Article

Anti-nociception is selectively enhanced by parallel inhibition of multiple subtypes of monoamine transporters in rat models of persistent and neuropathic pain

Department of Pharmacology, NeuroSearch A/S, 93 Pederstrupvej, 2750, Ballerup, Denmark.
Psychopharmacology (Impact Factor: 3.88). 12/2005; 182(4):551-61. DOI: 10.1007/s00213-005-0120-6
Source: PubMed

ABSTRACT

Neuropathic pain is characterised by hyperexcitability within nociceptive pathways that manifests behaviourally as allodynia and hyperalgesia and remains difficult to treat with standard analgesics. However, antidepressants have shown reasonable preclinical and clinical anti-nociceptive efficacy against signs and symptoms of neuropathic pain.
To ascertain whether inhibition of serotonin (5-HT) and/or noradrenaline (NA) and/or dopamine (DA) re-uptake preferentially mediates superior anti-nociception in preclinical pain models.
The 5-HT re-uptake inhibitor fluoxetine (3-30 mg/kg), the NA re-uptake inhibitor reboxetine (3-30 mg/kg), the dual 5-HT and NA re-uptake inhibitor venlafaxine (3-100 mg/kg) and the dual DA and NA re-uptake inhibitor bupropion (3-30 mg/kg) were tested after intraperitoneal administration in rat models of acute, persistent and neuropathic pain.
Reboxetine and venlafaxine dose-dependently attenuated second-phase flinching in the formalin test; fluoxetine attenuated flinching only at the highest dose tested, whereas bupropion was ineffective. In the chronic constriction injury (CCI) and spinal nerve ligation models of neuropathic pain, hindpaw mechanical allodynia was significantly attenuated by fluoxetine and particularly by bupropion. Reboxetine and venlafaxine were completely ineffective. In contrast, reboxetine and venlafaxine reversed thermal hyperalgesia in CCI rats, whereas bupropion and fluoxetine were either minimally effective or ineffective. Fluoxetine, reboxetine and venlafaxine transiently increased the tail-flick latency in uninjured animals. Anti-nociceptive doses of drugs had no effect on motor function.
Combined re-uptake inhibition of 5-HT and NA appears to confer a greater degree of anti-nociception in animal models of experimental pain than single mechanism of action inhibitors. The selective attenuation of mechanical allodynia by bupropion suggests that the additional re-uptake of DA may further augment 5-HT/NA re-uptake mediated anti-nociception after nerve injury.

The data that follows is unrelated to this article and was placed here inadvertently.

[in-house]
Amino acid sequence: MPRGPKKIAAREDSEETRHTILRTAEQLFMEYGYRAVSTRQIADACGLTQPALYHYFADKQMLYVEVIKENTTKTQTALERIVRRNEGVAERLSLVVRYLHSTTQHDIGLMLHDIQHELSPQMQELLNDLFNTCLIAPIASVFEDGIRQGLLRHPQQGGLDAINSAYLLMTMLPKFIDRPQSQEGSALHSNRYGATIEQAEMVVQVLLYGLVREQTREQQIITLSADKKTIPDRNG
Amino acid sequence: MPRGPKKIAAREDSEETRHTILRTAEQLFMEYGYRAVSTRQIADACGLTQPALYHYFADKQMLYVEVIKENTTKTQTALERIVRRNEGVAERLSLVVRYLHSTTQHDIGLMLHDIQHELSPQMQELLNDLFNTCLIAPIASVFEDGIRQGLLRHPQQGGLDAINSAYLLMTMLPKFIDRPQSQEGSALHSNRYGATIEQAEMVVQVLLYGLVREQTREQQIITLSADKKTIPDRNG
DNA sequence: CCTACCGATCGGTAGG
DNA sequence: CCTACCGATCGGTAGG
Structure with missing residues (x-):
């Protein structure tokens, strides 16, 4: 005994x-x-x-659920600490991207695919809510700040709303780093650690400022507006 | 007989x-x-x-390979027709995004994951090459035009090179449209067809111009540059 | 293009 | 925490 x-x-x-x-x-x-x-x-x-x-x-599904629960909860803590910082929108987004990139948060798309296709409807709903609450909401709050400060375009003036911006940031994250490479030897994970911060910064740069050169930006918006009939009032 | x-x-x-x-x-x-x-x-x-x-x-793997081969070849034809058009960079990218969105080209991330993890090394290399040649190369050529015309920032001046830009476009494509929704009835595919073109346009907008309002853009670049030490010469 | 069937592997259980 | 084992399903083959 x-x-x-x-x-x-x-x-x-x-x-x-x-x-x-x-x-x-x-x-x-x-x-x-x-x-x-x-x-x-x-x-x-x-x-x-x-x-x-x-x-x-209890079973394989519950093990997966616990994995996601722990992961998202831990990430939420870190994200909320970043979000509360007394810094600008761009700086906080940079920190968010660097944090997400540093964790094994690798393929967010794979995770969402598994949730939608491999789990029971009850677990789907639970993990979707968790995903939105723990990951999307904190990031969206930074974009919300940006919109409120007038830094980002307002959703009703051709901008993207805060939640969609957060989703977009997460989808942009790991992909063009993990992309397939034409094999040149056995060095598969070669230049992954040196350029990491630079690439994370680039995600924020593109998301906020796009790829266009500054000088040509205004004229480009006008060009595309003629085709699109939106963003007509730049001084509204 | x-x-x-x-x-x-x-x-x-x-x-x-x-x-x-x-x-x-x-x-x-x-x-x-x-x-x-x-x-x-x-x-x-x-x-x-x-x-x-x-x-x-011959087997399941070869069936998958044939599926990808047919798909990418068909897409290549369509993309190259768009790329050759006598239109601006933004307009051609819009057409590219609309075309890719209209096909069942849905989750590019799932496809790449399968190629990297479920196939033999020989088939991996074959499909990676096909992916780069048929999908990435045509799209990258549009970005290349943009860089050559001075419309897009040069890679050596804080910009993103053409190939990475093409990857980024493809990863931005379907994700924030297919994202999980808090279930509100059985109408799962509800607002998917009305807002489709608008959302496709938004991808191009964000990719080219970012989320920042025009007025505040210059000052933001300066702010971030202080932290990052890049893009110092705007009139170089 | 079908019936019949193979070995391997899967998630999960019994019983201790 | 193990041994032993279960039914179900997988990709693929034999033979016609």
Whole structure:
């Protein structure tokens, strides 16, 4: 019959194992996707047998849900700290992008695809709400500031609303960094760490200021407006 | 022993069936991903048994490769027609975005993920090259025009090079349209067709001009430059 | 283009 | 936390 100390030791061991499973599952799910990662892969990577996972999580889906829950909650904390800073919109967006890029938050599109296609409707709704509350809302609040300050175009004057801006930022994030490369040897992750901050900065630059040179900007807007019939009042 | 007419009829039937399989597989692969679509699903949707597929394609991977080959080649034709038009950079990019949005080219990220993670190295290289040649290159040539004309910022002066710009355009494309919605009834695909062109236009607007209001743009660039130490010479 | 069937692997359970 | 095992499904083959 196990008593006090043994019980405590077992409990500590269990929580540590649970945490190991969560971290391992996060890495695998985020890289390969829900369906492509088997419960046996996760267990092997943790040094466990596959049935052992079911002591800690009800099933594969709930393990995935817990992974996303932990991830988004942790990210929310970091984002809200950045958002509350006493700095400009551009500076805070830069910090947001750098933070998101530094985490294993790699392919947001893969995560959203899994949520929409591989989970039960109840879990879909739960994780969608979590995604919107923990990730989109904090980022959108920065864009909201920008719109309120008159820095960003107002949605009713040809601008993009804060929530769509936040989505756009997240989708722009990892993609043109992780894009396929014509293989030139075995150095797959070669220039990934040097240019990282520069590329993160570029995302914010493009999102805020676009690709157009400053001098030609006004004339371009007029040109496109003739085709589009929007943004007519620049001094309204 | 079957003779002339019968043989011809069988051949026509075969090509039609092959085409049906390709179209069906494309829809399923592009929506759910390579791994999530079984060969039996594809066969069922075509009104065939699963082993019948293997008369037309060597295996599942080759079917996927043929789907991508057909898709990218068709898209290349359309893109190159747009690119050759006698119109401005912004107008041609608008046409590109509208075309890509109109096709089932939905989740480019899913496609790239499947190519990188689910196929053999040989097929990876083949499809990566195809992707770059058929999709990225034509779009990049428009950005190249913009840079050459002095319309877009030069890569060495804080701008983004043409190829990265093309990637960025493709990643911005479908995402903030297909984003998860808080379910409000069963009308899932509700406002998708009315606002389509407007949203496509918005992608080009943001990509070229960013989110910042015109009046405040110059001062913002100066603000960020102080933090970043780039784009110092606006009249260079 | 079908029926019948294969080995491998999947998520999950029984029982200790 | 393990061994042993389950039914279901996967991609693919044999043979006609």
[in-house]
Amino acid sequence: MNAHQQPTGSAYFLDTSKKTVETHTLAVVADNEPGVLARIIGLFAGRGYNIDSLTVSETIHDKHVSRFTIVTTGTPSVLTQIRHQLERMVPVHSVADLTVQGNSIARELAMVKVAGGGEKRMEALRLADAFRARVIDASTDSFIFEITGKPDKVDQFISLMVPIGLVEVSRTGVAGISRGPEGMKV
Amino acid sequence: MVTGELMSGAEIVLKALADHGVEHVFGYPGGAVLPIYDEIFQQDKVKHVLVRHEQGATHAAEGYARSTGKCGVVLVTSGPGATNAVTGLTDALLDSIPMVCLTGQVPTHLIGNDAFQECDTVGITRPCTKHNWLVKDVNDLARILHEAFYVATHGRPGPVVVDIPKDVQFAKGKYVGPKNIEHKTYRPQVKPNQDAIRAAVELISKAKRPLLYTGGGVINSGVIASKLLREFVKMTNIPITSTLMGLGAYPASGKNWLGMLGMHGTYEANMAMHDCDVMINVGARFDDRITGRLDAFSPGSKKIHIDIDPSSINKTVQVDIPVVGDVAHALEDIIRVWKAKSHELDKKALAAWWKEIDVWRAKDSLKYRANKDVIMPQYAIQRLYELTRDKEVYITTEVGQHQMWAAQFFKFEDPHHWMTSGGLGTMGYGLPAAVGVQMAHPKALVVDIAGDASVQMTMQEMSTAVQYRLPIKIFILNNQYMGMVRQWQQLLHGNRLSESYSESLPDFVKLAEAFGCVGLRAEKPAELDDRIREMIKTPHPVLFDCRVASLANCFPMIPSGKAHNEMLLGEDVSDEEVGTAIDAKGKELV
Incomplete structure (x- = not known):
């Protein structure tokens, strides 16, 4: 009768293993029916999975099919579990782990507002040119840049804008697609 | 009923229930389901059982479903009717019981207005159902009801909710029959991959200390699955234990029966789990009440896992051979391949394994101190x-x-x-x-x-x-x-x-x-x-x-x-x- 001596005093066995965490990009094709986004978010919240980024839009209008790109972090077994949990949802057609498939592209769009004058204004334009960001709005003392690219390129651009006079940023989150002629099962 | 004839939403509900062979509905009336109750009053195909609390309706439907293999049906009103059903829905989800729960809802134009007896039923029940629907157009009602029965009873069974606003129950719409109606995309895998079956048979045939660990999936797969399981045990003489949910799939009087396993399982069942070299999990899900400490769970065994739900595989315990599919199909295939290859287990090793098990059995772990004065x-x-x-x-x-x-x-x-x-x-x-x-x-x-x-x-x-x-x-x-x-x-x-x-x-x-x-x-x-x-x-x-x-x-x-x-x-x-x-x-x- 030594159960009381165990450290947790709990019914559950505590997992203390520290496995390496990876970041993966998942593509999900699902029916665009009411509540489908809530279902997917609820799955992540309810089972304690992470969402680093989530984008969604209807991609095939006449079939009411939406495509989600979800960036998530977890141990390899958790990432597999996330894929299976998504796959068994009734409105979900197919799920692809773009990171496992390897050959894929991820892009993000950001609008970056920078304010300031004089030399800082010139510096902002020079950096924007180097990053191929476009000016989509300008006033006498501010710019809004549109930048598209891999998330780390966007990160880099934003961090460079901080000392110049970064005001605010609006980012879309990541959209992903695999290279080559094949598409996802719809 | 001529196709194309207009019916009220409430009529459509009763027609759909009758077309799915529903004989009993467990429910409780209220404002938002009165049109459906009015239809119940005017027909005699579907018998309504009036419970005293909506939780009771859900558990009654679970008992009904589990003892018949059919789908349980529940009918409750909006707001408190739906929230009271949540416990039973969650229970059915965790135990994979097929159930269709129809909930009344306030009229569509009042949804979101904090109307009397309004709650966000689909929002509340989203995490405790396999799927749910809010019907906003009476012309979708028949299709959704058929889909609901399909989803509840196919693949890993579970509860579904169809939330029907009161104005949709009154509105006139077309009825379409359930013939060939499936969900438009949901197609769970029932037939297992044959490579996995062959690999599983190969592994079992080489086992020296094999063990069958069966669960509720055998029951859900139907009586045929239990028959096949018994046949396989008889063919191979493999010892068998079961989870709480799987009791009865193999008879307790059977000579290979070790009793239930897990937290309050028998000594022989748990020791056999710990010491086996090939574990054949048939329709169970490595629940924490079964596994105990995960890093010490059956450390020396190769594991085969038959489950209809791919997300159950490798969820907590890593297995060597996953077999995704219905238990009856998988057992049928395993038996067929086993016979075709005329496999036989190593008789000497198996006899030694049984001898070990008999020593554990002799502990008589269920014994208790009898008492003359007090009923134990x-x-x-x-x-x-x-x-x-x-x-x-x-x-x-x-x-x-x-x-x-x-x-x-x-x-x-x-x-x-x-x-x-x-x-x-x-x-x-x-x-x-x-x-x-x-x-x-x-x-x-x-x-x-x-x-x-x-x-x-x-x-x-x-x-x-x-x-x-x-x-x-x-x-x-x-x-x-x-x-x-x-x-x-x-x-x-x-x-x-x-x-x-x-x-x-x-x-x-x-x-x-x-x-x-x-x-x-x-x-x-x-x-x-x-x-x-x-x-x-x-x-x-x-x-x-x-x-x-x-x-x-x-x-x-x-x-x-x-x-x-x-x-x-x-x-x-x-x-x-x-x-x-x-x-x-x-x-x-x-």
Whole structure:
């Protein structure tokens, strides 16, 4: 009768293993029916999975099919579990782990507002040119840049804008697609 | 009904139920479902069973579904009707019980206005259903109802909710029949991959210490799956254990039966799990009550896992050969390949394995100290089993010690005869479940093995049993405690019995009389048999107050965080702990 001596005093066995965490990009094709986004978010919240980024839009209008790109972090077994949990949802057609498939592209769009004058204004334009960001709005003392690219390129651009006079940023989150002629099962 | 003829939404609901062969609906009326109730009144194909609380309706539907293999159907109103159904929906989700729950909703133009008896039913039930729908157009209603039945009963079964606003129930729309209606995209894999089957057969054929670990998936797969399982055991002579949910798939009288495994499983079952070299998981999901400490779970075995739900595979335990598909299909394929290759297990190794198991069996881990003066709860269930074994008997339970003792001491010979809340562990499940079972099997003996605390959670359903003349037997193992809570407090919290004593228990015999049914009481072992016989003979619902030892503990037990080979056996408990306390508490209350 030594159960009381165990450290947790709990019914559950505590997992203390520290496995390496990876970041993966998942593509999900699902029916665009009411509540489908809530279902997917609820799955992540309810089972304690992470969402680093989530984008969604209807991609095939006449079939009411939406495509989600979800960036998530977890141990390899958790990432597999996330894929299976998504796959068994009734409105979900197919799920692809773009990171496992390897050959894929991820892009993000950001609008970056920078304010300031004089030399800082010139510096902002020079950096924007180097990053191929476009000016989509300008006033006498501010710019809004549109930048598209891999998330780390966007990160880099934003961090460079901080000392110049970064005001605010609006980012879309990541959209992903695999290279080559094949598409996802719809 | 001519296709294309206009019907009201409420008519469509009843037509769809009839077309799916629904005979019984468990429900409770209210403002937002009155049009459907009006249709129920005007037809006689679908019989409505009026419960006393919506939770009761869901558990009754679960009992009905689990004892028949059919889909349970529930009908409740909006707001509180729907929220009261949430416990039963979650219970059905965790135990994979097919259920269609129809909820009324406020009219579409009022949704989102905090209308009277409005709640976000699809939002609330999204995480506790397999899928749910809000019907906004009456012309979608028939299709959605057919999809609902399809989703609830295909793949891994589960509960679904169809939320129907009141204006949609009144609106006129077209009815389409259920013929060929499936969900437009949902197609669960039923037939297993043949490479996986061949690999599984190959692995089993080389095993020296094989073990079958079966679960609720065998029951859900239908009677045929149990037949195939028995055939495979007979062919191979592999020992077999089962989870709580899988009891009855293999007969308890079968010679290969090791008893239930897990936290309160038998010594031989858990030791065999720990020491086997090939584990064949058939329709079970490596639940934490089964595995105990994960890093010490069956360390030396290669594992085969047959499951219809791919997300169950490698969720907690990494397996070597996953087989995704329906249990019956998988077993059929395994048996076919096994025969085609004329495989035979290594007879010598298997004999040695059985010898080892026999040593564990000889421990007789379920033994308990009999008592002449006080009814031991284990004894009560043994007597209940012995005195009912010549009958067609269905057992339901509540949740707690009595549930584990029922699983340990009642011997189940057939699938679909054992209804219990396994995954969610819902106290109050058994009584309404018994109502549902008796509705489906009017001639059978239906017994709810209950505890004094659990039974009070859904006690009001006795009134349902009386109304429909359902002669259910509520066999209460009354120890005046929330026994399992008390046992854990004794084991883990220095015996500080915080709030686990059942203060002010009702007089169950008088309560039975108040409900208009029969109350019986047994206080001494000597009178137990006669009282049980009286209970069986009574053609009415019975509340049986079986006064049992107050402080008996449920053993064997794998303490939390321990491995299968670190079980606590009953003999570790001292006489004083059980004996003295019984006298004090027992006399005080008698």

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    • "These compounds block 5-HT, NE and DA transporters thereby increasing all three monoamine levels in the synapse (Guiard et al., 2009). Enhancement of dopaminergic neurotransmission might expand the favourable antidepressant (Bourin et al., 2009; Ghanbari et al., 2012) and analgesic (Pedersen et al., 2005) profile of SNRIs. In this regard, the TRI bicifadine attenuates nociceptive behaviours in animal models of acute, persistent and chronic pain (Basile et al., 2007). "

    Full-text · Article · Feb 2015 · European Journal of Pain
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    • "These compounds block 5-HT, NE and DA transporters thereby increasing all three monoamine levels in the synapse (Guiard et al., 2009). Enhancement of dopaminergic neurotransmission might expand the favourable antidepressant (Bourin et al., 2009; Ghanbari et al., 2012) and analgesic (Pedersen et al., 2005) profile of SNRIs. In this regard, the TRI bicifadine attenuates nociceptive behaviours in animal models of acute, persistent and chronic pain (Basile et al., 2007). "